Weitzman Executive Chairman Herb Weitzman: Retail Tenants Are Doing Well, But End Of PPP Funds Will Test Them
Weitzman Executive Chairman Herb Weitzman is a staple in the Texas retail brokerage business and has survived decades worth of downturns, but in the past three months, his firm and thousands of its clients were tested in a dramatic fashion as the coronavirus pandemic pushed retail traffic to virtually zero.
But the news since has been surprisingly good, and he sees a potential silver lining coming to the investment market soon.
Despite mass shutdowns from the pandemic, the rent collection rate among his retail clients remains at a strong 73%, Weitzman said.
"That's just really great because we cut deals with about 1,200 people," Weitzman said. "We have 3,400 tenants, and we had about 1,200 asking us for some type of help."
Weitzman said representatives at his firm implemented a triage approach and became all-encompassing advisers for existing and new retail tenants who needed to stay afloat and current on their rents without having the typical steady stream of traffic and cash flow to rely on.
To help retailers out, Weitzman's asset managers first tried to determine if their clients qualified for the government's Paycheck Protection Program and even helped many tenants fill out their PPP applications.
"Some of them didn’t get much money because they furloughed people, and they didn’t have people to pay salaries to," Weitzman said. "It was good though. They got some help and that helped us through the early months."
He points to solid rent collection in April, May and June as proof that retail is surviving and that PPP offered a reliable cushion.
"We do not want retailers to close. We will do whatever it takes to help them," Weitzman said. "And out of [all] the tenants we have, I think we can count on one hand how many are shutting down."
The winning solutions to keep retail clients up and running included having the retailer pay part of their rent plus triple-net or deferred rent with an agreement to catch up later.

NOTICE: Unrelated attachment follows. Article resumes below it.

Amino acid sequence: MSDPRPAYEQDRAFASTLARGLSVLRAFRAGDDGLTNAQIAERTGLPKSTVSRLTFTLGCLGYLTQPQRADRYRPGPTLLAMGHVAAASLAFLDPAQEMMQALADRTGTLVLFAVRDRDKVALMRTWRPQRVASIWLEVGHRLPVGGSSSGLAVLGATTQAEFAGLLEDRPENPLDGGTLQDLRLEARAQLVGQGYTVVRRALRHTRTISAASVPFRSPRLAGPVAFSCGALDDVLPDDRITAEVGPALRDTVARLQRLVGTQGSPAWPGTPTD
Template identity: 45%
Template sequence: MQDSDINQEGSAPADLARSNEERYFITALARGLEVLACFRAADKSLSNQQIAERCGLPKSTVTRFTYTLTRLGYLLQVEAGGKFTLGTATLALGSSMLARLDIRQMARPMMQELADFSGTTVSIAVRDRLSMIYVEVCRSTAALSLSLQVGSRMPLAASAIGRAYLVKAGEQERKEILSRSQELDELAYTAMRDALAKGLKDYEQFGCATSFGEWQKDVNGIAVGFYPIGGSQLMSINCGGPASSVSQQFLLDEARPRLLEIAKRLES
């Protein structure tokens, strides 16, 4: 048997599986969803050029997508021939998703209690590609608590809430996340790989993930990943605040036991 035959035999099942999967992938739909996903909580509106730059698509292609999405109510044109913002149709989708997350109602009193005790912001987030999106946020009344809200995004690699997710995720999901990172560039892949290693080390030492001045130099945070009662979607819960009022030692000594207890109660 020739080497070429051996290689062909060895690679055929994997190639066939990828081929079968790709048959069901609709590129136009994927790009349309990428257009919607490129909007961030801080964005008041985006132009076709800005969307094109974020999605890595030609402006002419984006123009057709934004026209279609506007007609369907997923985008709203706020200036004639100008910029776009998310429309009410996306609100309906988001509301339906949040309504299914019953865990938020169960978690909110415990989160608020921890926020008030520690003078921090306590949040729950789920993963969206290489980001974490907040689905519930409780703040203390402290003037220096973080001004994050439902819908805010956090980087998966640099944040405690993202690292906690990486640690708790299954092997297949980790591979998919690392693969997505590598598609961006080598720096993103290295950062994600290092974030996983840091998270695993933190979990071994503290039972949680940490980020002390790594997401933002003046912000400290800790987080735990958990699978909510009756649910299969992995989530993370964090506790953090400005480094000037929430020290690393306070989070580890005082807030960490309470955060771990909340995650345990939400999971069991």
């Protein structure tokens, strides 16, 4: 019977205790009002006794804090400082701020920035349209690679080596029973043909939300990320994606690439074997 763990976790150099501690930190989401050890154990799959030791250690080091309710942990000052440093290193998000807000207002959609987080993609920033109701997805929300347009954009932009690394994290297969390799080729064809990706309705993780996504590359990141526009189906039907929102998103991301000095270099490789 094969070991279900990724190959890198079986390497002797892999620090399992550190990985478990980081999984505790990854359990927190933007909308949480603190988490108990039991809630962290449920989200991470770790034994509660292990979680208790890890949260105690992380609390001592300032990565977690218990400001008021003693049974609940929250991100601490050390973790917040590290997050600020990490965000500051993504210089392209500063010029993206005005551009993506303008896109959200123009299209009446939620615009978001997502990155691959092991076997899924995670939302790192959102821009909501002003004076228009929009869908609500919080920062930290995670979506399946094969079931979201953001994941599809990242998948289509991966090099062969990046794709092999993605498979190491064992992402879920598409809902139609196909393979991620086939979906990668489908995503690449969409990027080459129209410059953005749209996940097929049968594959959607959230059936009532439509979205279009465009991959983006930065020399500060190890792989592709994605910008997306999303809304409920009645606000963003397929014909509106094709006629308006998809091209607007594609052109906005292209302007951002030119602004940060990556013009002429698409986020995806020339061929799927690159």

Some retailers, particularly those who successfully deployed or utilized existing e-commerce channels, are now outpacing pre-coronavirus sales levels, Weitzman said.
With technology, online delivery and curbside pick-up making a difference in who thrives and survives during the pandemic, Weitzman's staff is now spending a larger part of its time serving as technology advisers for retail clients who are trying to cope with lost brick-and-mortar traffic.
"For so many, we helped build their websites, and they have just become superstars and really successful at curbside and delivery," Weitzman said.
There are some unknowns in the coming months that could shake up the retail sector.
"With the PPP running out at the end of this month, that is going to be another question of whether the retailers have learned enough with their digital programs to ... get that up running and integrate it into their businesses if they didn’t already have it," Weitzman said.
There's also a great deal of uncertainty about whether rising coronavirus infections in DFW and across Texas will slow down the retail recovery as patrons grow wary of public places again.
The good news is Weitzman fostered the signing of new leases during the pandemic and noticed an uptick in the number of retail owners interested in offloading their North Texas properties, Weitzman said.
"Retail hasn't had many properties for sale and people haven't wanted to sell their properties," he said. "What's happening is this is a rude awakening and [some] tenants aren't paying. Some tenants are closing up, and [the owners] are saying, 'Well, I'll sell,' ... and that is creating some opportunity for people to buy because there has not been a huge amount of retail properties on the market."
For those looking to snatch up retail assets at a discount, Weitzman predicts enough of a buyer's market in the coming months to keep DFW retail acquisition activity a point of focus for his brokerage.